Voting machines are a large chunk of Dominion’s bread and butter business and their reputation has been badly damaged, perhaps beyond repair. I really hope they won’t settle for a paltry sum to be covered by insurance. The Murdochs have got to put their cash where their mouth is.
Which is not to say that the insurance company wouldn’t look for ways to avoid paying what would surely be a big settlement.
For example, if an employee misbehaves and a lawsuit is generated at the employer, insurance may or may not cover the situation. If the employee was acting lawfully and appropriately, then yes, they will need to be covered against a frivolous attack. But if the employee did something unsupportable, the company has the right to back away. Similarly, just because a company like Fox has an insurance policy does not mean that it’s free from accountability when it knowingly lies and defames a company that can fight back. Further, even if insurance covers part of a settlement, the insurer would most assuredly skyrocket the premium in response.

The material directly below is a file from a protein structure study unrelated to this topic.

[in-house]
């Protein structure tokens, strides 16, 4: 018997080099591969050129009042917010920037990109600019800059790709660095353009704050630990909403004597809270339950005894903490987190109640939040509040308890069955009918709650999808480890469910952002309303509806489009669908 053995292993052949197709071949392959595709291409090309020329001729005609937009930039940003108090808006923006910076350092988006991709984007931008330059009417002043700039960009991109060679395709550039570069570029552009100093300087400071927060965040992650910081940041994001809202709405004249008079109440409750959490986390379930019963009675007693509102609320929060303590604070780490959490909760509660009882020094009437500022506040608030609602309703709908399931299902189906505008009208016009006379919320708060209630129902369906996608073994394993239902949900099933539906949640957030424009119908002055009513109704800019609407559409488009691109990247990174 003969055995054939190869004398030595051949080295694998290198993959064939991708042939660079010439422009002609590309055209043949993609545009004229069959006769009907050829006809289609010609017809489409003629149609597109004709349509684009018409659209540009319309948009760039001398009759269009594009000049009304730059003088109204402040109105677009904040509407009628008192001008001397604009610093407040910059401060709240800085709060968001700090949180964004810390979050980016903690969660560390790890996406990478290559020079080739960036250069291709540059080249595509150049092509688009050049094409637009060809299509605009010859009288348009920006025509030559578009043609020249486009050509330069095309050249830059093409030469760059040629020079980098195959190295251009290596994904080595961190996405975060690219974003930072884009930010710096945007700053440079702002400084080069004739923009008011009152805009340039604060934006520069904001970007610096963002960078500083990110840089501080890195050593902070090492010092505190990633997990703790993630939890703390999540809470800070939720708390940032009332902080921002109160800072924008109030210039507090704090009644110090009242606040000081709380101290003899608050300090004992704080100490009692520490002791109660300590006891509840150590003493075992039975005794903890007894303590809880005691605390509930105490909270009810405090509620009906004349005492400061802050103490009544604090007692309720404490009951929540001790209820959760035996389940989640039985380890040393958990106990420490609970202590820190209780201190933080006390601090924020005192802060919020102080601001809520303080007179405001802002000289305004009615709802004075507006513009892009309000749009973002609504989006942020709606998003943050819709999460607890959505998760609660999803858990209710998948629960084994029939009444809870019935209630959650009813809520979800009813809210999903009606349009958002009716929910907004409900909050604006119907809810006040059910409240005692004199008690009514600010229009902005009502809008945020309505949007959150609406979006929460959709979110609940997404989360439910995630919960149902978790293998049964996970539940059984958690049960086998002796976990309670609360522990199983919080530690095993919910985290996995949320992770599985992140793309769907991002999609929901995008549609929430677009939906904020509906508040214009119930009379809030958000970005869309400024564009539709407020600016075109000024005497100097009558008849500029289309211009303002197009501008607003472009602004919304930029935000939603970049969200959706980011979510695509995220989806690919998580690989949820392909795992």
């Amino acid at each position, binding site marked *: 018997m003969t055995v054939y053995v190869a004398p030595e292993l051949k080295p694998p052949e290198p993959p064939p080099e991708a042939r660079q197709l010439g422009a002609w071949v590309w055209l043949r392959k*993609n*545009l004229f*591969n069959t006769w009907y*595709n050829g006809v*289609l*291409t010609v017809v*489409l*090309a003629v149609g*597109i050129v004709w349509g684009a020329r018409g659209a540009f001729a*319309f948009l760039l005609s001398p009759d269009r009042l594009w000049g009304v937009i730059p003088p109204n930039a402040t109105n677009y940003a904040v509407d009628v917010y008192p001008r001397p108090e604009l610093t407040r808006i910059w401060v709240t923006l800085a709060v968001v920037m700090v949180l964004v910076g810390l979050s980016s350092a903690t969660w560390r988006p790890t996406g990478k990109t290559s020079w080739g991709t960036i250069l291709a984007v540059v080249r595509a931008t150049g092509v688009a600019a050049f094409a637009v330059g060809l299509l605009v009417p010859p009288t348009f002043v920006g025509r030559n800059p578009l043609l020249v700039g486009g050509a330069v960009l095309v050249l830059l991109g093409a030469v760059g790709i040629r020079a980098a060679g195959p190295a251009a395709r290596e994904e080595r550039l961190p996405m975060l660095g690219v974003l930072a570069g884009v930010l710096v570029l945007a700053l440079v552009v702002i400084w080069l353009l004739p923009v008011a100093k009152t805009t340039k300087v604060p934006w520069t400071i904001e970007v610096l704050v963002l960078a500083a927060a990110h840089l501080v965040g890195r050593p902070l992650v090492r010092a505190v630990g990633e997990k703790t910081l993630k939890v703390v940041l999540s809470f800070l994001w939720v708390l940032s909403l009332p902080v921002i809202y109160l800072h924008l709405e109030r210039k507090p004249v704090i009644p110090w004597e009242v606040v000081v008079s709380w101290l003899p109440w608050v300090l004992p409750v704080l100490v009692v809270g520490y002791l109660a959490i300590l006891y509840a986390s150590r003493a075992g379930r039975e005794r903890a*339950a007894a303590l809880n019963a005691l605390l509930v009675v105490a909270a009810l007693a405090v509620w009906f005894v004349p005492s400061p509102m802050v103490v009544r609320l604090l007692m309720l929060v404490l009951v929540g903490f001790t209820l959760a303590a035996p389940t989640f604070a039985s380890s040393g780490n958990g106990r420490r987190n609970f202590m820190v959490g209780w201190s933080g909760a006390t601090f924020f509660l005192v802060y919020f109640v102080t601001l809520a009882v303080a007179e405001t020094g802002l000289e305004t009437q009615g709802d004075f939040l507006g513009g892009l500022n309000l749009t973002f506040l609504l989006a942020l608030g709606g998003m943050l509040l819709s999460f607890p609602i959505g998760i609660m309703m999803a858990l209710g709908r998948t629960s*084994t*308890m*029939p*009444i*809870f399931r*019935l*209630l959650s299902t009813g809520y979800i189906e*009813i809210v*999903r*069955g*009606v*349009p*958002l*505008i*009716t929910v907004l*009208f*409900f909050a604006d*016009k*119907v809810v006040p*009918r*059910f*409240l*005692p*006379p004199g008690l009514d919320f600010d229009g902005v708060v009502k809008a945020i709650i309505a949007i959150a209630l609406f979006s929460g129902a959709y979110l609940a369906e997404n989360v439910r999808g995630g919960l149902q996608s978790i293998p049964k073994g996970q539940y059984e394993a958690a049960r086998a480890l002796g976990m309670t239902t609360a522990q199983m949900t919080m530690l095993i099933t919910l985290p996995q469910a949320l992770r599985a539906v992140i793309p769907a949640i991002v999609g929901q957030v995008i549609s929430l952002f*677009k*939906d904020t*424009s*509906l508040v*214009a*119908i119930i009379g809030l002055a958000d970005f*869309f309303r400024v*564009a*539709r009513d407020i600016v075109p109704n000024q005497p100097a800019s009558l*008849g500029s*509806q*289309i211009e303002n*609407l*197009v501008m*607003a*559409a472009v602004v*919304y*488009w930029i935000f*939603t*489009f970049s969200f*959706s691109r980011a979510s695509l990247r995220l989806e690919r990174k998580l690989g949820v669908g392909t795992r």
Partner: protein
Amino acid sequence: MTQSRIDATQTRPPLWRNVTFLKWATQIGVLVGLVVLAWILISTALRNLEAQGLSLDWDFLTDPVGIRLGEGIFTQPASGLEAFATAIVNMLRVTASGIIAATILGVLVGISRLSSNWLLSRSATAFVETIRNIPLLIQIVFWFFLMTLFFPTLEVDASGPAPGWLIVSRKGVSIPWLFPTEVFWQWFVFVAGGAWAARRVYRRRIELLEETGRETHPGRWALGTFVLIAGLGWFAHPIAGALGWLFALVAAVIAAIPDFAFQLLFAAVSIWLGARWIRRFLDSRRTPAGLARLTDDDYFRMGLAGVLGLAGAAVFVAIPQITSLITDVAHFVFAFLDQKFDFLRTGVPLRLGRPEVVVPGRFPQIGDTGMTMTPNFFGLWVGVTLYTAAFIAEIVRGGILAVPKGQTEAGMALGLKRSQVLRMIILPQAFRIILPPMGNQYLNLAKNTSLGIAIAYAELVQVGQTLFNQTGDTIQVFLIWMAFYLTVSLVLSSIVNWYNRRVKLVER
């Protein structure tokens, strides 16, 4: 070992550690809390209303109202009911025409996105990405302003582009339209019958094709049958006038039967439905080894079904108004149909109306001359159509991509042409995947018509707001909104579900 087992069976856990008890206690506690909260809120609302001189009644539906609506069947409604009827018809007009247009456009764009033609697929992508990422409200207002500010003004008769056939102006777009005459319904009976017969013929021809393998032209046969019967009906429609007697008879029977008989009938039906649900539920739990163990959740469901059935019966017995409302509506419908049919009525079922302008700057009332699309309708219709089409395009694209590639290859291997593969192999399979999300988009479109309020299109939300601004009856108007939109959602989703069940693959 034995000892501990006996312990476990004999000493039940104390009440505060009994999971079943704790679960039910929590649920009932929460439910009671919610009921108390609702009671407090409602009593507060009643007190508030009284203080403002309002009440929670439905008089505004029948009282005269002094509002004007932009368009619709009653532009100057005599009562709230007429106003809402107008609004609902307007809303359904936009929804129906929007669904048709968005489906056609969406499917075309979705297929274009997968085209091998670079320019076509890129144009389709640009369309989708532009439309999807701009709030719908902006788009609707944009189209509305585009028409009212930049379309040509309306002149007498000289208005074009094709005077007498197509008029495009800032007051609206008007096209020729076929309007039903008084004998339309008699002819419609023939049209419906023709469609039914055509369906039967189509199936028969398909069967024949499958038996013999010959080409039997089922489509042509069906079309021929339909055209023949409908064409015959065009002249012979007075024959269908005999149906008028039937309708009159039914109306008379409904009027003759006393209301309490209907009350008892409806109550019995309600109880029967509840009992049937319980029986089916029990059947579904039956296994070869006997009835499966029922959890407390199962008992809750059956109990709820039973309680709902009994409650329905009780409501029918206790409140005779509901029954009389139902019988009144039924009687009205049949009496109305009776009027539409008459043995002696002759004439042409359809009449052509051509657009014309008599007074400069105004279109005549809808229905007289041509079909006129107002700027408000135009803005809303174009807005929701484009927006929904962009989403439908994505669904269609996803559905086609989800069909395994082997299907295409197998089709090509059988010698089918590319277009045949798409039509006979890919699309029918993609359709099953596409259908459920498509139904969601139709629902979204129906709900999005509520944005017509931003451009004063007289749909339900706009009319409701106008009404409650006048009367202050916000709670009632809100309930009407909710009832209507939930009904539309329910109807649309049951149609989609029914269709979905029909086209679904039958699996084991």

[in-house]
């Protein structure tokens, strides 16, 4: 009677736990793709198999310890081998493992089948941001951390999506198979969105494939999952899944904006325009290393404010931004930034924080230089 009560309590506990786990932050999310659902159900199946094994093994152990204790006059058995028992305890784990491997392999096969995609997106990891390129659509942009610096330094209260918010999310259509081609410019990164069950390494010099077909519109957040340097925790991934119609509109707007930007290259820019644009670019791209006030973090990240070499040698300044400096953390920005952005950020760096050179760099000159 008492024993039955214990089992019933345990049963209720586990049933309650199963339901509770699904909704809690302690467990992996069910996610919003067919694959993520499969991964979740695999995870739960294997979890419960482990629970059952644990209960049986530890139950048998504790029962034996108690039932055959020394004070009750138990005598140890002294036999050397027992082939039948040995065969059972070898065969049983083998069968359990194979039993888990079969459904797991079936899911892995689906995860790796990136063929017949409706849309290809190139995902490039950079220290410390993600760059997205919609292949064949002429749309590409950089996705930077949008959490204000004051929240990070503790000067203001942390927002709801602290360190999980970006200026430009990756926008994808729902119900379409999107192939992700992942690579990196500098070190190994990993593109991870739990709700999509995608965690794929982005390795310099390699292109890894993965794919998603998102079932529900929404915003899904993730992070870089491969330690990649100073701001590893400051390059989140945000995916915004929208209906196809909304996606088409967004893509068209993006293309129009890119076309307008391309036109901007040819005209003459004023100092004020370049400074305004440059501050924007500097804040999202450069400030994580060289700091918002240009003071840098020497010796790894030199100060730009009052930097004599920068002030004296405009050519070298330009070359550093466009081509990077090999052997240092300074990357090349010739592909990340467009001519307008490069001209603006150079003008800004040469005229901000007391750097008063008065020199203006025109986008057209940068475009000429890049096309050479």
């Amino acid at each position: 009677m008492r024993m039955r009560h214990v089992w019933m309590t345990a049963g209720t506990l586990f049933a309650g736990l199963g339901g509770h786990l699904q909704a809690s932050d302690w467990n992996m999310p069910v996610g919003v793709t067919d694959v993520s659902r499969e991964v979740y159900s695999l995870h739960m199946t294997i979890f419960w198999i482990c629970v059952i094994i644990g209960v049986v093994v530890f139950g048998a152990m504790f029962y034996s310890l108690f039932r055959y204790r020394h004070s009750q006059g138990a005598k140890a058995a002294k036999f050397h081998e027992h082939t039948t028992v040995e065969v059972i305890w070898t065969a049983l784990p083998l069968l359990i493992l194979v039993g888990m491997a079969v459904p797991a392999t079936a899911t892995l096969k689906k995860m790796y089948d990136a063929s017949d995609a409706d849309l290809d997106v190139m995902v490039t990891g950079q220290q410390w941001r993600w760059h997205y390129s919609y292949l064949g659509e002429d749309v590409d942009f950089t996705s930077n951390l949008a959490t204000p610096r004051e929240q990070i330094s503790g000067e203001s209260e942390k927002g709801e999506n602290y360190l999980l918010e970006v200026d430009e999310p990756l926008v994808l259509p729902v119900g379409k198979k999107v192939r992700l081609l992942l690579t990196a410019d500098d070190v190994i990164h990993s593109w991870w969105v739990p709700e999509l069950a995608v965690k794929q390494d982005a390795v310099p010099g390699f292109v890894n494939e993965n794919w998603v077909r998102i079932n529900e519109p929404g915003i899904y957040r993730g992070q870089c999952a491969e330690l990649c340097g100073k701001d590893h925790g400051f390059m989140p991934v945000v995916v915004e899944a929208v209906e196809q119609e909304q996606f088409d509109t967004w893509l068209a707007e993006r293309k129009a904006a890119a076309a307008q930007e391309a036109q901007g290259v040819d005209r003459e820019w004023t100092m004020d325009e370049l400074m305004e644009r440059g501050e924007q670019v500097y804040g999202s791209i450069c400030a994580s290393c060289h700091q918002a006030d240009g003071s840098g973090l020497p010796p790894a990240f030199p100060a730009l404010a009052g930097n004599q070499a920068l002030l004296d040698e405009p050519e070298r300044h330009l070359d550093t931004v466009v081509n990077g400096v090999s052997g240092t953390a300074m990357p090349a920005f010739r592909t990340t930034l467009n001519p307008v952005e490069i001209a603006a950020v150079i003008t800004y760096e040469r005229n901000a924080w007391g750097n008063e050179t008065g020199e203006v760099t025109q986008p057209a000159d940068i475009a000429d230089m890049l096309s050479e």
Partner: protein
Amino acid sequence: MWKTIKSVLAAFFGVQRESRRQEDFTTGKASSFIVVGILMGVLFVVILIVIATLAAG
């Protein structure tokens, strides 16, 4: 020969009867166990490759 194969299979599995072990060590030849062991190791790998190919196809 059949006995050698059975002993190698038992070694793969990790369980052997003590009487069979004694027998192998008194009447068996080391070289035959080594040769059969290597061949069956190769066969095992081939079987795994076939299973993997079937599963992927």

Fox is not going to walk away from this situation without a significant amount of pain for itself and its stockholders. Frankly, were I to advise Dominion on this, I’d recommend they take it to trial and not let Fox try to worm their way out.
As a reverse example of this, the remaining Nick Sandmann nuisance suits were laughed out of court this past week – meaning that ABC, CBS, Rolling Stone, NY Times and Gannett are free from that harassment now. NBC, WaPo and CNN chose to settle for pittance payments over a year ago (reportedly under 50K each, with almost all the money going to Sandmann’s attorneys) because it was cheaper to avoid a longer court cost to get to the same place. The other outlets chose not to settle, as they wanted to make the point that they wouldn’t give Sandmann anything for trying to pretend to be a victim when he was the one at fault. This course was a little more expensive for them, and Sandmann certainly cannot afford to reimburse them for their costs – but it’s one based on principle. And I would hope that Dominion and Smartmatic would follow that same principle.